Can Unilever’s Sustainable Living Plan work for everyone? Including China’s green tea drinkers?

Well it’s certainly ambitious and a step beyond the corporate social responsibility agenda espoused by most of the world’s global marketers (some would add polluters).

Here it is:
Two billion times a day, somebody, somewhere, uses a Unilever brand. Our products make small but important differences to the quality of people’s everyday lives.

We have ambitious plans to grow our company, creating jobs and income for all whose livelihoods are linked to our success. But growth at any cost is not viable.

We have to develop new ways of doing business which will increase the social benefits from Unilever’s activities while at the same time reducing our environmental impacts. This is why we have created the Unilever Sustainable Living Plan.

The Opportunity

Our plan isn’t just the right thing to do for people and the environment. It’s also right for Unilever: the business case for integrating sustainability into our brands is clear.

Our Approach

Our impact goes beyond our factory gates. The sourcing of raw materials and the use of our products by the consumer at home have a far larger footprint. We recognise this and so our plan is designed to reduce our impacts across the whole lifecycle of our products. This full lifecycle approach is both ambitious and, we believe, unique amongst global FMCG companies.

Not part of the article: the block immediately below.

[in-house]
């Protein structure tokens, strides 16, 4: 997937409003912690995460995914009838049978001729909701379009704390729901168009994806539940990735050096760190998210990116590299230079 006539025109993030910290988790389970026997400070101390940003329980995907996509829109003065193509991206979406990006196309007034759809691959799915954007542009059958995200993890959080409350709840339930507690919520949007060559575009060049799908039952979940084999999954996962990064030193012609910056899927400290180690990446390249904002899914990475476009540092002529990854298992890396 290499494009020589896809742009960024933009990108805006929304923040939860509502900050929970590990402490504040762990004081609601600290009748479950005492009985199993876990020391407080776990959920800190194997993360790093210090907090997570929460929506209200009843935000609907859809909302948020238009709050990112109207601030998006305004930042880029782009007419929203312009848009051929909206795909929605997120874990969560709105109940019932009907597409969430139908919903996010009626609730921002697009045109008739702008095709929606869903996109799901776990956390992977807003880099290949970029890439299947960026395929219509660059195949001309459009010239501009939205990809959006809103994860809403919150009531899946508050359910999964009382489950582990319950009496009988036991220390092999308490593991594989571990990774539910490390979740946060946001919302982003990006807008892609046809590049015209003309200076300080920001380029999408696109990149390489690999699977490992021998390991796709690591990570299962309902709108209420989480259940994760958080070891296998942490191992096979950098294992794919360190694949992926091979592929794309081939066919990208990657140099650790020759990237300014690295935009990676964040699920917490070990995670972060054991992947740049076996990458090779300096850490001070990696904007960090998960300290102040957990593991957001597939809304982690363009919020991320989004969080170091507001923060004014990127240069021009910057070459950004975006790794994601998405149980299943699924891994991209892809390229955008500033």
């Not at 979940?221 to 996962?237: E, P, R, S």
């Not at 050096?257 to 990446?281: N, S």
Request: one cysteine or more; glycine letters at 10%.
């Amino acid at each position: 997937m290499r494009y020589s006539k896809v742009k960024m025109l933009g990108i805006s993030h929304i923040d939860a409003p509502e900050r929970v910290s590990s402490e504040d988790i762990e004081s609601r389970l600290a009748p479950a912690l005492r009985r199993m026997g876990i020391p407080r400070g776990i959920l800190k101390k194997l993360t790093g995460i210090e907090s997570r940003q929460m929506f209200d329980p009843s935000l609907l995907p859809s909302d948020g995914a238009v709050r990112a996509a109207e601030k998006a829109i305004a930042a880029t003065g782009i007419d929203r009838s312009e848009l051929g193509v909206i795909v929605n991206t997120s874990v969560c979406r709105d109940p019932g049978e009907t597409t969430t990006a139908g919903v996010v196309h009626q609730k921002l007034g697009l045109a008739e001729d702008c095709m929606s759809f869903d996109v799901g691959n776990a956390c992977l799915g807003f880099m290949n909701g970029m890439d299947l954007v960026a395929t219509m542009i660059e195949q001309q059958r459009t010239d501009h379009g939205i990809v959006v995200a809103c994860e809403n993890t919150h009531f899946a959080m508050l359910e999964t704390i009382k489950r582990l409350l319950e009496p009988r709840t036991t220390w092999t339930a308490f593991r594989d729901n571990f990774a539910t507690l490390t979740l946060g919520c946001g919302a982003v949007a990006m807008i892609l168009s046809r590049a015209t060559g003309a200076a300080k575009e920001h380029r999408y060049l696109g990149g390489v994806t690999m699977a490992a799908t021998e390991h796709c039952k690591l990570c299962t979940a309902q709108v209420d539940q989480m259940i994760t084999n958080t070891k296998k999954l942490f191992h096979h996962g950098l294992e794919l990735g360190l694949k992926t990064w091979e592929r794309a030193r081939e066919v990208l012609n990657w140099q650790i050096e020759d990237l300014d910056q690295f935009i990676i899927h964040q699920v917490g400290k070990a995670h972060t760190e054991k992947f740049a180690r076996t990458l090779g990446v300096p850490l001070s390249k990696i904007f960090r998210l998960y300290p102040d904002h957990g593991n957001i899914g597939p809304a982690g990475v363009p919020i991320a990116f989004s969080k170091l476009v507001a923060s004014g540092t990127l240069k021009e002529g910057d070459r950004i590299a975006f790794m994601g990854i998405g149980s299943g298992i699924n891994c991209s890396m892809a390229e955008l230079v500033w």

The Plan

The Plan contains over 50 concrete targets that will:
Help more than one billion people improve their health and well-being
Halve the environmental impact of our products
Source 100% of our agricultural raw materials sustainably

Unilever CEO Paul Polman has gone further, saying that each of the company’s major brands has to have a social mission, to make life better for consumers in some way.

He also says this is just as relevant for emerging markets as affluent westerners with a conscience, pointing out that people in these markets are at the sharp end of climate change and food shortages. He also says that in ten years or so they will account for 70 per cent of Unilever’s business.

But (there’s always a but) when he talks about Liptons tea coming from sustainable sources he must also be aware that the company’s major effort to market the brand in China (where its share is growing rapidly) presumably means that some Chinese consumers stop drinking healthy green tea in favour of a product that usually is taken with milk.

Thereby putting more pressure on dairy supplies and prices.

There’s no such thing as a free cup of tea…

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About Stephen Foster

Stephen is a former editor of Marketing Week and London Evening Standard advertising columnist. He wrote City Republic for Brand Republic and is a partner in communications consultancy The Editorial Partnership.